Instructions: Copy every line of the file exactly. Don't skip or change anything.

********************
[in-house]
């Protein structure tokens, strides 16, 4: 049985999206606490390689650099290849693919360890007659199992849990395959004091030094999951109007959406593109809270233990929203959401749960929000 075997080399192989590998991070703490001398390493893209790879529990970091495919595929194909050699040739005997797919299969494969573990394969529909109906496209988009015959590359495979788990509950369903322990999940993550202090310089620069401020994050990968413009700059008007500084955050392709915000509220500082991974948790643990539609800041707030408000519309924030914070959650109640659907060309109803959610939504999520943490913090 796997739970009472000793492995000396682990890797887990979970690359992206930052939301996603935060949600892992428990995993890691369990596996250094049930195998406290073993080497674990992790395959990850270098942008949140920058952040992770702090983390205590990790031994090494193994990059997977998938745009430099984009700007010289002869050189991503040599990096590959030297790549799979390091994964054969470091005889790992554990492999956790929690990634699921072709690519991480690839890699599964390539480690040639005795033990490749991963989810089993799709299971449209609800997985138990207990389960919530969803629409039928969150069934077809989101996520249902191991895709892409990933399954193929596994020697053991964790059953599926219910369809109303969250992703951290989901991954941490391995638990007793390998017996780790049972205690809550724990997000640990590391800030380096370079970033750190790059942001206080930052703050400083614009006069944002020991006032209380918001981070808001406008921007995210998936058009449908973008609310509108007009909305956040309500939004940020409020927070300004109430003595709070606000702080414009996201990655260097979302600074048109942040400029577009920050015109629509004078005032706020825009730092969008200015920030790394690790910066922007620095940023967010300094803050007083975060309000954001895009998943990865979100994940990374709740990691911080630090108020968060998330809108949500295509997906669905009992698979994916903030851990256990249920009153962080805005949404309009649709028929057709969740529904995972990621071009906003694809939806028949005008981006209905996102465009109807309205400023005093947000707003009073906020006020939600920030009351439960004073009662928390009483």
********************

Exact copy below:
[in-house]
């Protein structure tokens, strides 16, 4: 049985999206606490390689650099290849693919360890007659199992849990395959004091030094999951109007959406593109809270233990929203959401749960929000 075997080399192989590998991070703490001398390493893209790879529990970091495919595929194909050699040739005997797919299969494969573990394969529909109906496209988009015959590359495979788990509950369903322990999940993550202090310089620069401020994050990968413009700059008007500084955050392709915000509220500082991974948790643990539609800041707030408000519309924030914070959650109640659907060309109803959610939504999520943490913090 796997739970009472000793492995000396682990890797887990979970690359992206930052939301996603935060949600892992428990995993890691369990596996250094049930195998406290073993080497674990992790395959990850270098942008949140920058952040992770702090983390205590990790031994090494193994990059997977998938745009430099984009700007010289002869050189991503040599990096590959030297790549799979390091994964054969470091005889790992554990492999956790929690990634699921072709690519991480690839890699599964390539480690040639005795033990490749991963989810089993799709299971449209609800997985138990207990389960919530969803629409039928969150069934077809989101996520249902191991895709892409990933399954193929596994020697053991964790059953599926219910369809109303969250992703951290989901991954941490391995638990007793390998017996780790049972205690809550724990997000640990590391800030380096370079970033750190790059942001206080930052703050400083614009006069944002020991006032209380918001981070808001406008921007995210998936058009449908973008609310509108007009909305956040309500939004940020409020927070300004109430003595709070606000702080414009996201990655260097979302600074048109942040400029577009920050015109629509004078005032706020825009730092969008200015920030790394690790910066922007620095940023967010300094803050007083975060309000954001895009998943990865979100994940990374709740990691911080630090108020968060998330809108949500295509997906669905009992698979994916903030851990256990249920009153962080805005949404309009649709028929057709969740529904995972990621071009906003694809939806028949005008981006209905996102465009109807309205400023005093947000707003009073906020006020939600920030009351439960004073009662928390009483």